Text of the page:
effect of a proposed runway construction, extension, or realignment.
3. Determining the
need for providing technical assistance in the design and development of
whether the FAA should recommend that an existing structure be altered or
whether the FAA should recommend that an existing structure be made conspicuous
by marking and/or lighting in accordance with current standards.
whether the marking and/or lighting display on an existing structure can be
removed or reduced without adversely affecting aviation safety or should be
increased to more effectively make its presence known to airmen.
whether an existing structure has an electromagnetic effect upon an air
navigation or communications facility, or obstructs the required line of sight
from an airport traffic control tower.
recommendations to FCC concerning dismantling abandoned antenna structures.
technical assistance or information to a person, or government organization
(Federal, state or local) expressing an interest in the structure and the FAA's
responsibility associated with the structure's effect on the safe and efficient
use of the navigable airspace.
c. Conduct an
aeronautical study for an existing structure in the same manner as proposed
structures except as specifically noted in this order.
6-1-4. PROPOSALS UNDER
A proposal for which
construction has already started must be studied as an existing structure.
Construction is considered to have started if actual structural work has begun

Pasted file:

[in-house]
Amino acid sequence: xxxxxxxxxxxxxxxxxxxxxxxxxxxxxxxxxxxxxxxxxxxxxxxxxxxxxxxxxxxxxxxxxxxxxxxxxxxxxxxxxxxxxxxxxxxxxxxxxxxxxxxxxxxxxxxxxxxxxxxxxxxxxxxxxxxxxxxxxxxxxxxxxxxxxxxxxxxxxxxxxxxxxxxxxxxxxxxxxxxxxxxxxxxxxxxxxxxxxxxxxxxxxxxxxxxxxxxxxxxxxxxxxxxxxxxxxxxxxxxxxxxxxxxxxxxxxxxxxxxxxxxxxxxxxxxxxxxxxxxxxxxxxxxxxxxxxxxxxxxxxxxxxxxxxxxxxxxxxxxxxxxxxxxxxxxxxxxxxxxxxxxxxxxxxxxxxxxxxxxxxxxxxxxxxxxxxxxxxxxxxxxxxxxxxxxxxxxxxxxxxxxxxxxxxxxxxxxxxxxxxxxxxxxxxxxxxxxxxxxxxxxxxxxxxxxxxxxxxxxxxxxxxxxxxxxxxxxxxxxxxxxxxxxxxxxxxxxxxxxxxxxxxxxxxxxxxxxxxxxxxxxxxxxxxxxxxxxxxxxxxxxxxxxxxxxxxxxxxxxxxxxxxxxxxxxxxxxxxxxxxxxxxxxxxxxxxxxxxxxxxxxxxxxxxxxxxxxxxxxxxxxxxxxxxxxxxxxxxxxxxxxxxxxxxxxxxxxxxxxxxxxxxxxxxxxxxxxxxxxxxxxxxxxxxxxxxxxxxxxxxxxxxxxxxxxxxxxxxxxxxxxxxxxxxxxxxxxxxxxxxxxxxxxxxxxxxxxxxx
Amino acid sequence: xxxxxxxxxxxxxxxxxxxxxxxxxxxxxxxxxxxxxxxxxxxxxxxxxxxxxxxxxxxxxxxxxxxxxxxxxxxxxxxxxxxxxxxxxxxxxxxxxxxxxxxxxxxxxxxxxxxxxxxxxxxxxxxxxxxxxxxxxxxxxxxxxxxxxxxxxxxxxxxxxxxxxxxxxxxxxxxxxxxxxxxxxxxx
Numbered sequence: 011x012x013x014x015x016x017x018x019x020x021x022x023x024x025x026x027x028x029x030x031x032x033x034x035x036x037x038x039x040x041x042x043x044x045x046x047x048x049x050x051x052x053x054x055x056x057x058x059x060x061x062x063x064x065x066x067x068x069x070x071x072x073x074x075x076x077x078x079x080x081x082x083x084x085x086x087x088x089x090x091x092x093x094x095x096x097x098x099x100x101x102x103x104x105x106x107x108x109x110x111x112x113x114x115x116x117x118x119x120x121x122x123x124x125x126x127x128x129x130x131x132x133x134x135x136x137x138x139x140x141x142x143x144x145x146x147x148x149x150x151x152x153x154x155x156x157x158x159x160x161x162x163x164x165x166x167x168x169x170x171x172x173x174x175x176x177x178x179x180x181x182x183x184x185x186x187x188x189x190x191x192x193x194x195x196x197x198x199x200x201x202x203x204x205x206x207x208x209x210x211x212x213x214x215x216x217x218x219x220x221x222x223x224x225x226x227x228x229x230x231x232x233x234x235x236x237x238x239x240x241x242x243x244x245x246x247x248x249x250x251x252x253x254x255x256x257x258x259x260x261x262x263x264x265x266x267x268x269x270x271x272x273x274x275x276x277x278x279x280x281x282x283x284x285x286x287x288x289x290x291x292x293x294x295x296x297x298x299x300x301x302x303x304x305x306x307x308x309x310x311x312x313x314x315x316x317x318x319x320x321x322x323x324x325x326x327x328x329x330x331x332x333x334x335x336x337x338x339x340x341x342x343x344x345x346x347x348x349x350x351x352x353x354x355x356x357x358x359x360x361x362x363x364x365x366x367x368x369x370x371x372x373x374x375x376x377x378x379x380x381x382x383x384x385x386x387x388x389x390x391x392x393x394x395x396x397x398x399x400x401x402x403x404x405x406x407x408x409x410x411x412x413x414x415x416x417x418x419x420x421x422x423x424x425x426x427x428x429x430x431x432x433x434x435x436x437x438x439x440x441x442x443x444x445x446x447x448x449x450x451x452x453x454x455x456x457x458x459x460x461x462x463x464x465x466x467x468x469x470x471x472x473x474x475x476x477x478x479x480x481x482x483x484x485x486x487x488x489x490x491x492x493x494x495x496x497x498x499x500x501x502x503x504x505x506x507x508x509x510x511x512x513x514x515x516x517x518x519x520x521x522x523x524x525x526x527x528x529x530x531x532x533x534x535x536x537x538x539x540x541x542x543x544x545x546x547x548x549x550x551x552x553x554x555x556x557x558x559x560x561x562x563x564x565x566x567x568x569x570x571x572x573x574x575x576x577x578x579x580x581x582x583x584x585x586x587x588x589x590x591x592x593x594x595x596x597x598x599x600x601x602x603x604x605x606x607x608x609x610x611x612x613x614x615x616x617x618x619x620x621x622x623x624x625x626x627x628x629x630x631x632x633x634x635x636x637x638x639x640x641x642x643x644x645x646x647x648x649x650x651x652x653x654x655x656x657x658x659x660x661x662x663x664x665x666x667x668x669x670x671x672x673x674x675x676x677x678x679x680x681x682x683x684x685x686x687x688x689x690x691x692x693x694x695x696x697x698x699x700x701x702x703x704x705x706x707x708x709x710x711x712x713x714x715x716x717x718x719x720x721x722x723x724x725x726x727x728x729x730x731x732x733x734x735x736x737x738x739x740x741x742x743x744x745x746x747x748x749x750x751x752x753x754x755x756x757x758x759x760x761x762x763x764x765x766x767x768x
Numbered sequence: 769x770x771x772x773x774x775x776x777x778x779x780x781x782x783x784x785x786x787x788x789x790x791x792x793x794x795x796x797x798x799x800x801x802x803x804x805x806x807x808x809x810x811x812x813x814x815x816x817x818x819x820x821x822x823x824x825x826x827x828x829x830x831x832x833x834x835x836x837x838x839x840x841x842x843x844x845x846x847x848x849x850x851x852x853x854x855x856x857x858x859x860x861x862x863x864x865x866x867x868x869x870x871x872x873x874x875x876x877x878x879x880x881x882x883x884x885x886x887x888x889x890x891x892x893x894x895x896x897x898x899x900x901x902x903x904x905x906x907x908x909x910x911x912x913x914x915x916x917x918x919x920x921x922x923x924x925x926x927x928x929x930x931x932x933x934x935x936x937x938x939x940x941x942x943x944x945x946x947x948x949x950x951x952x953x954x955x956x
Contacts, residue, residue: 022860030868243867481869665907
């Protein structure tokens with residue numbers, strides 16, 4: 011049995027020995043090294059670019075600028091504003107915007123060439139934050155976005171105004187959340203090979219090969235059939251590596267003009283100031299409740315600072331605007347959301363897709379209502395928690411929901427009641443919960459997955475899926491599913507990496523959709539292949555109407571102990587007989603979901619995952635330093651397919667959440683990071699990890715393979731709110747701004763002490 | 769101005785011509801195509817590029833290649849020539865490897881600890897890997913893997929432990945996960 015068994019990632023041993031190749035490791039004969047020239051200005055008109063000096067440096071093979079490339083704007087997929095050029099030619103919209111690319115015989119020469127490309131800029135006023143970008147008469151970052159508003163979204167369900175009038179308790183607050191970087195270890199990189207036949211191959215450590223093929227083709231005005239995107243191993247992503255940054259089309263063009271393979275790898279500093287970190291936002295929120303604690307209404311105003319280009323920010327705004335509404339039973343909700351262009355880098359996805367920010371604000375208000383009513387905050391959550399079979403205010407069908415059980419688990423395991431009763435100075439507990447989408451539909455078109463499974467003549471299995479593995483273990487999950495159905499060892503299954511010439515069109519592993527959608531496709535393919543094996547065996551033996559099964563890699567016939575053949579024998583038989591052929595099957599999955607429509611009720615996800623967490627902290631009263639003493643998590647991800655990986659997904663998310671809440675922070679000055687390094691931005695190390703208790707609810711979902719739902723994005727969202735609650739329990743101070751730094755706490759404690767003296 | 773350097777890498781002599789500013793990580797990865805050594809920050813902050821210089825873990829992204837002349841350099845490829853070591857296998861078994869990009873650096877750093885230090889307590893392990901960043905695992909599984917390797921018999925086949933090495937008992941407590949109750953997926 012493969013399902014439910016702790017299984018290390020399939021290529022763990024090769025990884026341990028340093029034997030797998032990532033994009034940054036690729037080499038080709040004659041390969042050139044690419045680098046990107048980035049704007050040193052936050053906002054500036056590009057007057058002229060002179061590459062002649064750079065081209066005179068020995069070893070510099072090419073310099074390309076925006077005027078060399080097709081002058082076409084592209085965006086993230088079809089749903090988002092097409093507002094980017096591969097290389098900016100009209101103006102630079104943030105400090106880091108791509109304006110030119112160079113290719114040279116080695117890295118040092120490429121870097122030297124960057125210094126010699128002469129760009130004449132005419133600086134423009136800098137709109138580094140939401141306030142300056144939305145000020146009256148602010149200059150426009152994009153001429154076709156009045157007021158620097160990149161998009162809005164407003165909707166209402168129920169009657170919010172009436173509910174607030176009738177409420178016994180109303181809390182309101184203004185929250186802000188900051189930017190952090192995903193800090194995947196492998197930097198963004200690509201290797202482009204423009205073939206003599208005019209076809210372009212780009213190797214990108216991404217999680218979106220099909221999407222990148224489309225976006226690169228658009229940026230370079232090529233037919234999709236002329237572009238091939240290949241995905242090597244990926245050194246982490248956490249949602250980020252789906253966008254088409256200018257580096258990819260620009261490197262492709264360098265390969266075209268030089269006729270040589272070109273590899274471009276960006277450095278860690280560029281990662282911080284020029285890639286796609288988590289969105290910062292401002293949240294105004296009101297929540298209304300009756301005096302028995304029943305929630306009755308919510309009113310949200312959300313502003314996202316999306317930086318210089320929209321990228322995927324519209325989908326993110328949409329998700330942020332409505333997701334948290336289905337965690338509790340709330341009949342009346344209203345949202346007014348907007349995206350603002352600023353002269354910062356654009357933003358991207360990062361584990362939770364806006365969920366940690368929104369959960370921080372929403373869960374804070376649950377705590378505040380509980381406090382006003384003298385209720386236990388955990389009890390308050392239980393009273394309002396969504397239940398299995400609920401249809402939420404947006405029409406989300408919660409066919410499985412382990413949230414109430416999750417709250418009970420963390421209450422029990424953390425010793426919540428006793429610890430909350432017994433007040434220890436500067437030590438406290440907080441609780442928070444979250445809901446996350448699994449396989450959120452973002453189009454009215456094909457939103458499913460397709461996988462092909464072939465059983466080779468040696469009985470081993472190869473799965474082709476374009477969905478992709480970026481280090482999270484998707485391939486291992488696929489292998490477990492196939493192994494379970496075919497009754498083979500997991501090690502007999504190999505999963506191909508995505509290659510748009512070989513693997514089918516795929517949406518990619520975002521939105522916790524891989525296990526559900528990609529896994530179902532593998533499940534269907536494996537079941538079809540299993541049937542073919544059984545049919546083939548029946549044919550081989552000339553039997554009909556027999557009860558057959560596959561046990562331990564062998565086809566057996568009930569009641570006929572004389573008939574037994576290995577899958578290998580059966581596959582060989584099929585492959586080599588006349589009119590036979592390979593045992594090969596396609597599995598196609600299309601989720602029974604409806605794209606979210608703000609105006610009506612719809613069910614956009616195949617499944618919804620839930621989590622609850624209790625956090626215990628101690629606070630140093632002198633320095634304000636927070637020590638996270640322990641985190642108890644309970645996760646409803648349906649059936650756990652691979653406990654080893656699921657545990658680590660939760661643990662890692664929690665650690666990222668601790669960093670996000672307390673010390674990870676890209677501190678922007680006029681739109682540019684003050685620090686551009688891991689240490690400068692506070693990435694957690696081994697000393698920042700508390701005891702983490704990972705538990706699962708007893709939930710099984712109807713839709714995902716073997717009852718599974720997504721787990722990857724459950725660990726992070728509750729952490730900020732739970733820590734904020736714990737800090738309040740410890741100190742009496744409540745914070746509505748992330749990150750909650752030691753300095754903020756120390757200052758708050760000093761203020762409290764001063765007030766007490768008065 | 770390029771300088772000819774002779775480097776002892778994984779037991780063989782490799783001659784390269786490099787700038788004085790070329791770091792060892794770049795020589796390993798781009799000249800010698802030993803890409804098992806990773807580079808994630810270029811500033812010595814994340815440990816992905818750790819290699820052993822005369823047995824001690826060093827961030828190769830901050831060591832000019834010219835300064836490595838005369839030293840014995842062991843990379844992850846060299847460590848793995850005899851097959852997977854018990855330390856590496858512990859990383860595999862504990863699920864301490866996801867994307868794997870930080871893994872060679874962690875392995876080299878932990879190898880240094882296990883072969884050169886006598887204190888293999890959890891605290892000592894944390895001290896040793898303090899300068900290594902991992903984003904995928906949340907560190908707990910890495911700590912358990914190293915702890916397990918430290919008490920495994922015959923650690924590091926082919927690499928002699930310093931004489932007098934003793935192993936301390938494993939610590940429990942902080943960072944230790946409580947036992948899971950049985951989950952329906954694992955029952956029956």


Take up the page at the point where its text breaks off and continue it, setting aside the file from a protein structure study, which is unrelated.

such as the laying of a foundation but not including excavation.
EXCEEDING 2,000 FEET
Any proposed structure
that would exceed a height of 2,000 feet above ground is presumed to have a
substantial adverse effect upon the safe and efficient use of navigable airspace
and must be determined to be a hazard to air navigation unless the sponsor, at
the time of filing, makes a clear and compelling showing to the contrary.
proposing a structure greater than 2,000 feet in height above the ground that
are accompanied with the detailed graphic required in Section 77.17(c) must be
processed in the normal manner with one exception. The Obstruction Evaluation
Group (OEG) must advise the office of Airspace Regulations and ATC Procedures
Group when an aeronautical study for a proposed structure exceeding 2,000 feet
is being conducted.
received without the detailed graphic must be responded to with a determination
stating that the proposed structure is presumed to be, inherently, a hazard to
air navigation and the sponsor has the burden of overcoming this presumption in
accordance with Section 77.17(c).
a. A feasibility
study is a limited aeronautical review based on very broad, estimated, or
general information supplied for the structure. The study usually addresses only
certain issues; e.g., feasibility of height at a general location, feasibility
of frequency and power at a general location.
b. Requests for
feasibility studies should be accommodated to the extent existing resources and
workloads allow. The need for coordination with other divisions will be based on
the type of information supplied for the structure.
c. A feasibility
study must result in a report rather than an official determination.
6-1-7. TOWER OWNERSHIP
While the FAA must
maintain a means of contacting parties responsible for filing FAA Form 7460-2,
it is not responsible for tracking changes in tower ownership. The FCC antenna
structure registration program is specifically intended to register and maintain
current files with regards to ownership of antenna structures. Therefore, if the
FAA receives ownership changes it must not make those corrections to issued
determinations. However, the ownership change should be noted in the automated
and/or manual case file. Additionally, request that the sponsor notify the FCC,
and, for assurance, forward a copy of the change to the FCC.
6-1-8. INFORMAL AIRSPACE
meetings may be held with interested parties to discuss the obstruction
evaluation study and to gather additional facts or information relevant to the